For comparison, suppose you are talking to somebody who believes the world is flat rather than spherical. Your belief that the Earth is round is not defined as a disbelief that the Earth is flat, even though that is an obvious implication of your belief. To give reasons why the Earth is not flat is not to lend credence to flat-earth claims. At best, there is acknowledgment that to justify one's belief that the world is round, one ought to be able to address the counterclaim that the world is flat.
I think if you really want to discuss the validity of Christianity's testable claims, that would best be done in a separate thread. There have, in fact, been numerous discussions on this forum in the past relating to specific claims. I am surprised to learn you are unaware of them. For instance, there has been some discussion about whether Jesus Christ was, in fact, a historical figure, as opposed to a fictional character. I hope you will admit that the historicity of Jesus is an in-principle testable claim that Christianity makes. Historians and religious scholars sometimes dedicate their careers to testing such claims.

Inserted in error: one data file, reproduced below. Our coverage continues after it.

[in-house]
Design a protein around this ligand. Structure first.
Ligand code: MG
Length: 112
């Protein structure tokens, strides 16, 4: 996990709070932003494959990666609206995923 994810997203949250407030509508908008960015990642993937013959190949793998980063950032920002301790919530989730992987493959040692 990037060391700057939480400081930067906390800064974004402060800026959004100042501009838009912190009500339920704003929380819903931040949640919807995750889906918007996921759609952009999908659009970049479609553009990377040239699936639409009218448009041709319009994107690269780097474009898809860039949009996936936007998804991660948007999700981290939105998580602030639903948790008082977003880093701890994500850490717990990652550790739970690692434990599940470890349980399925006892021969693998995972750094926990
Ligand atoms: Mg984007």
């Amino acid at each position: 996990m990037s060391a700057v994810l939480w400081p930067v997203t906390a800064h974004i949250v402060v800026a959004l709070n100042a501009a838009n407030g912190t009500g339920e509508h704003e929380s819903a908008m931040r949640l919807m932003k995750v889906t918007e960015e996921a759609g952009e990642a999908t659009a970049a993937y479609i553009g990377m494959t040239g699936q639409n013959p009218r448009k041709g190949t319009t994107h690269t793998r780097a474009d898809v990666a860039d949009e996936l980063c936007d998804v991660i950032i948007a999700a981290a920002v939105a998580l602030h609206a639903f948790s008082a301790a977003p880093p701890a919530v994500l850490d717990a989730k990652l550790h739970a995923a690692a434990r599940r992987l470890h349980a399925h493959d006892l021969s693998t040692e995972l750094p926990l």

There are plenty of other testable claims. For instance, most Christians would hold that God answers prayers, at least some of the time. Yet there have some scientific tests of the efficacy of prayer in life-or-death situations, and the results have been consistent with the null hypothesis (i.e. that supernatural intervention did not occur following prayer).